Serykh I.V., Kostianoy A.G.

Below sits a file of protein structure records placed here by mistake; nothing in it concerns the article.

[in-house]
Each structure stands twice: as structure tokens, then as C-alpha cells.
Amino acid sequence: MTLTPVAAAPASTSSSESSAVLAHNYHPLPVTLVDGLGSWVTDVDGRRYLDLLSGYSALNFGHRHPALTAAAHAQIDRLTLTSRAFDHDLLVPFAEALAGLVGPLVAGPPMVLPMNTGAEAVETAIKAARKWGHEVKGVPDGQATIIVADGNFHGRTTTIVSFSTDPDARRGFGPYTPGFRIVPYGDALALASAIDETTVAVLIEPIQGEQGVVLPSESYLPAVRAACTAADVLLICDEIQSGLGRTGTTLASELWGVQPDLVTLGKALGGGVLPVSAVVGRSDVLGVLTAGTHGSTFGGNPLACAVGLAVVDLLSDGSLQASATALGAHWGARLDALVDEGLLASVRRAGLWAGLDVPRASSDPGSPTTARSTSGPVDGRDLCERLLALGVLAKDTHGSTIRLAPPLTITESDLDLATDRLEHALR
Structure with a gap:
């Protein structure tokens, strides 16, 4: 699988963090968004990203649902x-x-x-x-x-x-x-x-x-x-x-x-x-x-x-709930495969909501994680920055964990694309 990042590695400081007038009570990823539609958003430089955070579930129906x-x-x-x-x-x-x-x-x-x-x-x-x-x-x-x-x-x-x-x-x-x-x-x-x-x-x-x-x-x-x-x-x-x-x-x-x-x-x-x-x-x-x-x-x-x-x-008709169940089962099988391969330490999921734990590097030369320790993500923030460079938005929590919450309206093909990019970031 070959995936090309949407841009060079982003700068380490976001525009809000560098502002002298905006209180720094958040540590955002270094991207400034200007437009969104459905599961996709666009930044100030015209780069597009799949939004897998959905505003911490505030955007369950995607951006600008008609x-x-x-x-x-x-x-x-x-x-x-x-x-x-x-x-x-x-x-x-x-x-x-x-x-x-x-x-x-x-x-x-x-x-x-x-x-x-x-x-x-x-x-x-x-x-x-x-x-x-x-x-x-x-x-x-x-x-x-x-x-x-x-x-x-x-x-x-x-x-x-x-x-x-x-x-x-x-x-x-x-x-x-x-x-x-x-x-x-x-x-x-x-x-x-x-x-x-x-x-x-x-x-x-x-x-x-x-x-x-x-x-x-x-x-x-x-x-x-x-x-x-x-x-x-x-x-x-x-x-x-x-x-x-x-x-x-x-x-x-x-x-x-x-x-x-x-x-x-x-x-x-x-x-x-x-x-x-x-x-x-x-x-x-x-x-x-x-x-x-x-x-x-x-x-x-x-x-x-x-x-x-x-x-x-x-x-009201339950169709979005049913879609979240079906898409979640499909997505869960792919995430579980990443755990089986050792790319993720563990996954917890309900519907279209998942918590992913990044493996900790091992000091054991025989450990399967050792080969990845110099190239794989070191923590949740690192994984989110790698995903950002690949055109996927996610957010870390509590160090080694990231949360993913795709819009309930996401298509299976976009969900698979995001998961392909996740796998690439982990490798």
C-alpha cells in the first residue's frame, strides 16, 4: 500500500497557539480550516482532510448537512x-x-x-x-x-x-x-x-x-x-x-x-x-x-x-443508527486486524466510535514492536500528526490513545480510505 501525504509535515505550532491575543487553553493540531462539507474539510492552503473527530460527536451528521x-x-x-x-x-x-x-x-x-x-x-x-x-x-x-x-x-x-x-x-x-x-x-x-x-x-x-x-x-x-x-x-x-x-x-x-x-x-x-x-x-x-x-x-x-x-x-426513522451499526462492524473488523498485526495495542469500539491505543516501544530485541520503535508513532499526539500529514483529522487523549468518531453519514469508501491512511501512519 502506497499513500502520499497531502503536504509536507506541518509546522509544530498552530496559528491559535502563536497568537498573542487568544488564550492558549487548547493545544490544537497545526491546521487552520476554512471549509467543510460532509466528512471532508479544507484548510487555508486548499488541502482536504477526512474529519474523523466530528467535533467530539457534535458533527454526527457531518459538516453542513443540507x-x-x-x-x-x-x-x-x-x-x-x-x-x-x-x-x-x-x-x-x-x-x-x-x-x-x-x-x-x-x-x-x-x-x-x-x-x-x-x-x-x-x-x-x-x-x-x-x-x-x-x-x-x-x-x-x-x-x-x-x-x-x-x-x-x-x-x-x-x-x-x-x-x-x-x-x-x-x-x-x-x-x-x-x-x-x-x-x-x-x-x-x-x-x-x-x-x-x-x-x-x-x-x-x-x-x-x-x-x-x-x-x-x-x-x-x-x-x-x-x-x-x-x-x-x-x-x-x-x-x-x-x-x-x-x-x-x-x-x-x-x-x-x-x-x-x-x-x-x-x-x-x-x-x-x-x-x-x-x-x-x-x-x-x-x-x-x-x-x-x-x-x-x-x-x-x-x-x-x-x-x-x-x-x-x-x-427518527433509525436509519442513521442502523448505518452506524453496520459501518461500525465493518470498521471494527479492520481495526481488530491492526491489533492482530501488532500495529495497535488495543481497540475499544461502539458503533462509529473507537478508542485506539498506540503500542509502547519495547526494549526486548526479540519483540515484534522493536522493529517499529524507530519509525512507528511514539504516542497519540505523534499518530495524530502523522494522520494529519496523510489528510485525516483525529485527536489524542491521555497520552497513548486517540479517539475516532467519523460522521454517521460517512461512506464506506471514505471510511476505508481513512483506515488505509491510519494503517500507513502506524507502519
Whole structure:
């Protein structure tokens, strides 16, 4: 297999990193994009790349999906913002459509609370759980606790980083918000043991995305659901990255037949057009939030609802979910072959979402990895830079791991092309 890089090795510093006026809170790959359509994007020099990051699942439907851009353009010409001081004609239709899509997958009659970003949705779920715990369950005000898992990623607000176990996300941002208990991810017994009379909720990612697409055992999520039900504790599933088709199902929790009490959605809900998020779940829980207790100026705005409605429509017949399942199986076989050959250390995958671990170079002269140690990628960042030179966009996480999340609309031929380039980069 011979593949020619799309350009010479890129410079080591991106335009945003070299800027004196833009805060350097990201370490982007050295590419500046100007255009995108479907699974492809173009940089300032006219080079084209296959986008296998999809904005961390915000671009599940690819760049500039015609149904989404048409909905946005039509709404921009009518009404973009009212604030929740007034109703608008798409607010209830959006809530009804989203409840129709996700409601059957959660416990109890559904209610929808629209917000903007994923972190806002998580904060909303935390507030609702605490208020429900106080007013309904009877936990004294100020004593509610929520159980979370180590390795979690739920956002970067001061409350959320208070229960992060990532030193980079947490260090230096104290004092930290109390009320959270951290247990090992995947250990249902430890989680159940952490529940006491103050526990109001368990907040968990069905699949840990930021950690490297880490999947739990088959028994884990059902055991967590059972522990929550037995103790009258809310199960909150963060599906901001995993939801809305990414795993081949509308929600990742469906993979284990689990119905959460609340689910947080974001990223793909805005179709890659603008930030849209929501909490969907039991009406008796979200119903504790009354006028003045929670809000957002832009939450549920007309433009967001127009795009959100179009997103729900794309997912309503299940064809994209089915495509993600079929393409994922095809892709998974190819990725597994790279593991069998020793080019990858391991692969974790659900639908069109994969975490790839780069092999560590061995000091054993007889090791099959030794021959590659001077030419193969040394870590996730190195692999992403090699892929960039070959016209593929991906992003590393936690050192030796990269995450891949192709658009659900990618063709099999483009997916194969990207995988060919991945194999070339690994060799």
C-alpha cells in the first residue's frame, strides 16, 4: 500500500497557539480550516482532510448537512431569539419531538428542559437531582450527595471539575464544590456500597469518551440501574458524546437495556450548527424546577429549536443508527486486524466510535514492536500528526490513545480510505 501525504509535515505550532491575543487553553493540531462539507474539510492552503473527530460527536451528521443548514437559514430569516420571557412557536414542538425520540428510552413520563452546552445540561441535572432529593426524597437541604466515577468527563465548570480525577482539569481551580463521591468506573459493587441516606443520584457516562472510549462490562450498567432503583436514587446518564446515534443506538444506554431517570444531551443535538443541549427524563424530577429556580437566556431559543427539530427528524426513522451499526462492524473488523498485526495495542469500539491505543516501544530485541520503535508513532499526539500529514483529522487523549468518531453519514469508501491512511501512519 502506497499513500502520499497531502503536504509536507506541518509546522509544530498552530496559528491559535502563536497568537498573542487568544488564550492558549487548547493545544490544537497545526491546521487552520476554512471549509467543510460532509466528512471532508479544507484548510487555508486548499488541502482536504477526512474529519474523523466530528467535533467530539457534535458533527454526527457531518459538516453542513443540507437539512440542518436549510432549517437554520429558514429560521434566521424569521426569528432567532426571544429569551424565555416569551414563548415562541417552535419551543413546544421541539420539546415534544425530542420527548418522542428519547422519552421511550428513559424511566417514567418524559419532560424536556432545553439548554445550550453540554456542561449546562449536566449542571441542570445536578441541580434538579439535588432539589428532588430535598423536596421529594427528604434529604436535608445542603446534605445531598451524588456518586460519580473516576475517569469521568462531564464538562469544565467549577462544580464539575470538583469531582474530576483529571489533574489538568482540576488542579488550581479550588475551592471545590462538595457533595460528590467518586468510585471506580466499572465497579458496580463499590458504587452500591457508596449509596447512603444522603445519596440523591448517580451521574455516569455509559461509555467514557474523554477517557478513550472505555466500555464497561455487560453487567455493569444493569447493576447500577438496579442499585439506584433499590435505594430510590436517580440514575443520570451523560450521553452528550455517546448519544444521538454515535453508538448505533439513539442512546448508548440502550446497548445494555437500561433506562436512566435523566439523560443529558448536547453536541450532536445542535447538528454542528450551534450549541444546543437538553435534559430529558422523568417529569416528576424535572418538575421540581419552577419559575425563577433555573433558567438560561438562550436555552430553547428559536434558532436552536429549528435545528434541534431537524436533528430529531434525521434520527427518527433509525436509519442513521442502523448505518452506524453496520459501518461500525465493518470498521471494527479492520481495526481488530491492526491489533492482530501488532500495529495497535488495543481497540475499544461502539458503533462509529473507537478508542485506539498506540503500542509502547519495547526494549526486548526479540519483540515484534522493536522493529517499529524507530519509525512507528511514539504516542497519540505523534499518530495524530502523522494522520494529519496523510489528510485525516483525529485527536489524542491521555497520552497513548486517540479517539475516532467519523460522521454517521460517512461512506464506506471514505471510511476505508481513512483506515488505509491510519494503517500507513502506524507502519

Analysis of the monthly average data of the temperature of the Baltic Sea on the surface and various depths showed its significant growth over the past decades. At the same time, the observed temperature increase is not evenly distributed throughout the Baltic Sea, as the temperature increased most strongly in the Gulf of Finland and Riga. Against this growth, temperature oscillations with periods ranging from 2 to 6 years, ~8 years and ~14 years were found. The relationships between these oscillations and the El Niño, the North Atlantic Oscillation and the North Atlantic Current, respectively, are shown. It was found that the influence of El Niño captures the top 10 meters of the Baltic Sea, the connection with the North Atlantic Oscillation is traced to a depth of 52 meters, and the influence of the North Atlantic Current is maintained to a depth of 78 meters. It has been shown that these fluctuations exerted the strongest influence on the temperature of the Baltic Sea from the mid‐1970s to the end of the 1990s. The influence of global climate shifts 1976/77 and 1998/99 on interdecadal changes in the temperature of the Baltic Sea has been detected. It has been suggested that the Global Atmospheric Oscillation acts as a synchronizing link between the El Niño, the North Atlantic Oscillation and the interannual variability of the temperature of the Baltic Sea.